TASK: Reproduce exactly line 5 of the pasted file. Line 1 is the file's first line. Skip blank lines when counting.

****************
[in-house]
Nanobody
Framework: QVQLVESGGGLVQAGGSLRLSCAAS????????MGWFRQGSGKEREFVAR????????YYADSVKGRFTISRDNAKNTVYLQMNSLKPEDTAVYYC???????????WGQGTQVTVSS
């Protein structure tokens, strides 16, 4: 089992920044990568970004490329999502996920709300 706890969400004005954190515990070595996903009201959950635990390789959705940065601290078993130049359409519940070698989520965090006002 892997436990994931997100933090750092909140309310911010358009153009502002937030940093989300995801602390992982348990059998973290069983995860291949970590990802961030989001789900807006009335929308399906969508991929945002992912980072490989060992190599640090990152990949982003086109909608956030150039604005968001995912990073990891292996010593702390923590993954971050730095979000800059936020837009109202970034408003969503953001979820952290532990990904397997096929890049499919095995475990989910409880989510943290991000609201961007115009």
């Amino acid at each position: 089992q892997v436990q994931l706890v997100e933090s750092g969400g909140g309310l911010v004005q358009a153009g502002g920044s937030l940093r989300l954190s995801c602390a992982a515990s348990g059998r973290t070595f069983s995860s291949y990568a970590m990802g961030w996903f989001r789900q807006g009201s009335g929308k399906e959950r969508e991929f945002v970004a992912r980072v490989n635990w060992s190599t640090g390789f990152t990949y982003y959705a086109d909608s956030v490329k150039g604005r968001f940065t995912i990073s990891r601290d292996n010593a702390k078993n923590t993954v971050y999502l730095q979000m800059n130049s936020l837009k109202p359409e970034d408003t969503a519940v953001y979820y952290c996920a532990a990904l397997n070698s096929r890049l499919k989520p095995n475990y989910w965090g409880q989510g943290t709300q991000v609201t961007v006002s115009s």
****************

């Amino acid at each position: 089992q892997v436990q994931l706890v997100e933090s750092g969400g909140g309310l911010v004005q358009a153009g502002g920044s937030l940093r989300l954190s995801c602390a992982a515990s348990g059998r973290t070595f069983s995860s291949y990568a970590m990802g961030w996903f989001r789900q807006g009201s009335g929308k399906e959950r969508e991929f945002v970004a992912r980072v490989n635990w060992s190599t640090g390789f990152t990949y982003y959705a086109d909608s956030v490329k150039g604005r968001f940065t995912i990073s990891r601290d292996n010593a702390k078993n923590t993954v971050y999502l730095q979000m800059n130049s936020l837009k109202p359409e970034d408003t969503a519940v953001y979820y952290c996920a532990a990904l397997n070698s096929r890049l499919k989520p095995n475990y989910w965090g409880q989510g943290t709300q991000v609201t961007v006002s115009s």